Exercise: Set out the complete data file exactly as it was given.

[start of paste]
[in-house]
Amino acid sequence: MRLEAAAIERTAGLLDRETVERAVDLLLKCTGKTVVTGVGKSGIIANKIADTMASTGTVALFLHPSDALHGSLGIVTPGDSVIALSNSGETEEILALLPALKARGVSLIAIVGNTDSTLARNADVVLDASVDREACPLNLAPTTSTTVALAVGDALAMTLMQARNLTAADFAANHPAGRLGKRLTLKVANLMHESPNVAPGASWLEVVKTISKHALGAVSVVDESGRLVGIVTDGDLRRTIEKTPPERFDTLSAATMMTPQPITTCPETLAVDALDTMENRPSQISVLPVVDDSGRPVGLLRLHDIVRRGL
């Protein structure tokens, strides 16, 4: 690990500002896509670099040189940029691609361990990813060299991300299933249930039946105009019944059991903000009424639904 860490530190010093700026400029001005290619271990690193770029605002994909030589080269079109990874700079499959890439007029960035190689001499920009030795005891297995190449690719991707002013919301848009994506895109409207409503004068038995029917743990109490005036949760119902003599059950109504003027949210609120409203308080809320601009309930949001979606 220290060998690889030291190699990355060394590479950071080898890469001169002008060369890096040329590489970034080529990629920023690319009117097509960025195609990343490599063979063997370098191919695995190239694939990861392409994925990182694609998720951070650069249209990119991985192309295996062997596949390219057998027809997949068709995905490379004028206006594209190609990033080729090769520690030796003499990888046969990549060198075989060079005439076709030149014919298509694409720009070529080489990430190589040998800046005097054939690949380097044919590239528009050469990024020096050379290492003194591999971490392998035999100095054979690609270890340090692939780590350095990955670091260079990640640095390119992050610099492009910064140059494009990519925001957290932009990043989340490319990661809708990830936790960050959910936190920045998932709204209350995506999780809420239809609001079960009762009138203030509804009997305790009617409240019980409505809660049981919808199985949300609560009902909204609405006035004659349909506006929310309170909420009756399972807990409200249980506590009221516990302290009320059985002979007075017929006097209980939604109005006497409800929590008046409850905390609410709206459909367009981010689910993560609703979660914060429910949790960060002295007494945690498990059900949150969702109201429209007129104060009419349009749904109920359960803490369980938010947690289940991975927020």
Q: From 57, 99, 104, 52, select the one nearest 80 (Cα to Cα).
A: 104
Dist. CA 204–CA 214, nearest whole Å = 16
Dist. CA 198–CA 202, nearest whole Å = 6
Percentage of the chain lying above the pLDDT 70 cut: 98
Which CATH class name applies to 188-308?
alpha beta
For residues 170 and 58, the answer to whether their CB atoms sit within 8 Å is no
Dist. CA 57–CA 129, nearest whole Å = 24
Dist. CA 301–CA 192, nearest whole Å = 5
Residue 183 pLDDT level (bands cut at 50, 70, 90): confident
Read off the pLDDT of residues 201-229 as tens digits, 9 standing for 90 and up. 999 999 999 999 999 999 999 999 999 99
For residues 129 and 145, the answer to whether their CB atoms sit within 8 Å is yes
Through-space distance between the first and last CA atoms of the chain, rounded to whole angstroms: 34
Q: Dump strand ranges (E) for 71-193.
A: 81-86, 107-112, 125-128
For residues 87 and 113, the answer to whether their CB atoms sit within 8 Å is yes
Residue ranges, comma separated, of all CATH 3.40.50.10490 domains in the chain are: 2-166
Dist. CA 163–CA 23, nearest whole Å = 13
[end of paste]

[in-house]
Amino acid sequence: MRLEAAAIERTAGLLDRETVERAVDLLLKCTGKTVVTGVGKSGIIANKIADTMASTGTVALFLHPSDALHGSLGIVTPGDSVIALSNSGETEEILALLPALKARGVSLIAIVGNTDSTLARNADVVLDASVDREACPLNLAPTTSTTVALAVGDALAMTLMQARNLTAADFAANHPAGRLGKRLTLKVANLMHESPNVAPGASWLEVVKTISKHALGAVSVVDESGRLVGIVTDGDLRRTIEKTPPERFDTLSAATMMTPQPITTCPETLAVDALDTMENRPSQISVLPVVDDSGRPVGLLRLHDIVRRGL
């Protein structure tokens, strides 16, 4: 690990500002896509670099040189940029691609361990990813060299991300299933249930039946105009019944059991903000009424639904 860490530190010093700026400029001005290619271990690193770029605002994909030589080269079109990874700079499959890439007029960035190689001499920009030795005891297995190449690719991707002013919301848009994506895109409207409503004068038995029917743990109490005036949760119902003599059950109504003027949210609120409203308080809320601009309930949001979606 220290060998690889030291190699990355060394590479950071080898890469001169002008060369890096040329590489970034080529990629920023690319009117097509960025195609990343490599063979063997370098191919695995190239694939990861392409994925990182694609998720951070650069249209990119991985192309295996062997596949390219057998027809997949068709995905490379004028206006594209190609990033080729090769520690030796003499990888046969990549060198075989060079005439076709030149014919298509694409720009070529080489990430190589040998800046005097054939690949380097044919590239528009050469990024020096050379290492003194591999971490392998035999100095054979690609270890340090692939780590350095990955670091260079990640640095390119992050610099492009910064140059494009990519925001957290932009990043989340490319990661809708990830936790960050959910936190920045998932709204209350995506999780809420239809609001079960009762009138203030509804009997305790009617409240019980409505809660049981919808199985949300609560009902909204609405006035004659349909506006929310309170909420009756399972807990409200249980506590009221516990302290009320059985002979007075017929006097209980939604109005006497409800929590008046409850905390609410709206459909367009981010689910993560609703979660914060429910949790960060002295007494945690498990059900949150969702109201429209007129104060009419349009749904109920359960803490369980938010947690289940991975927020």
Q: From 57, 99, 104, 52, select the one nearest 80 (Cα to Cα).
A: 104
Dist. CA 204–CA 214, nearest whole Å = 16
Dist. CA 198–CA 202, nearest whole Å = 6
Percentage of the chain lying above the pLDDT 70 cut: 98
Which CATH class name applies to 188-308?
alpha beta
For residues 170 and 58, the answer to whether their CB atoms sit within 8 Å is no
Dist. CA 57–CA 129, nearest whole Å = 24
Dist. CA 301–CA 192, nearest whole Å = 5
Residue 183 pLDDT level (bands cut at 50, 70, 90): confident
Read off the pLDDT of residues 201-229 as tens digits, 9 standing for 90 and up. 999 999 999 999 999 999 999 999 999 99
For residues 129 and 145, the answer to whether their CB atoms sit within 8 Å is yes
Through-space distance between the first and last CA atoms of the chain, rounded to whole angstroms: 34
Q: Dump strand ranges (E) for 71-193.
A: 81-86, 107-112, 125-128
For residues 87 and 113, the answer to whether their CB atoms sit within 8 Å is yes
Residue ranges, comma separated, of all CATH 3.40.50.10490 domains in the chain are: 2-166
Dist. CA 163–CA 23, nearest whole Å = 13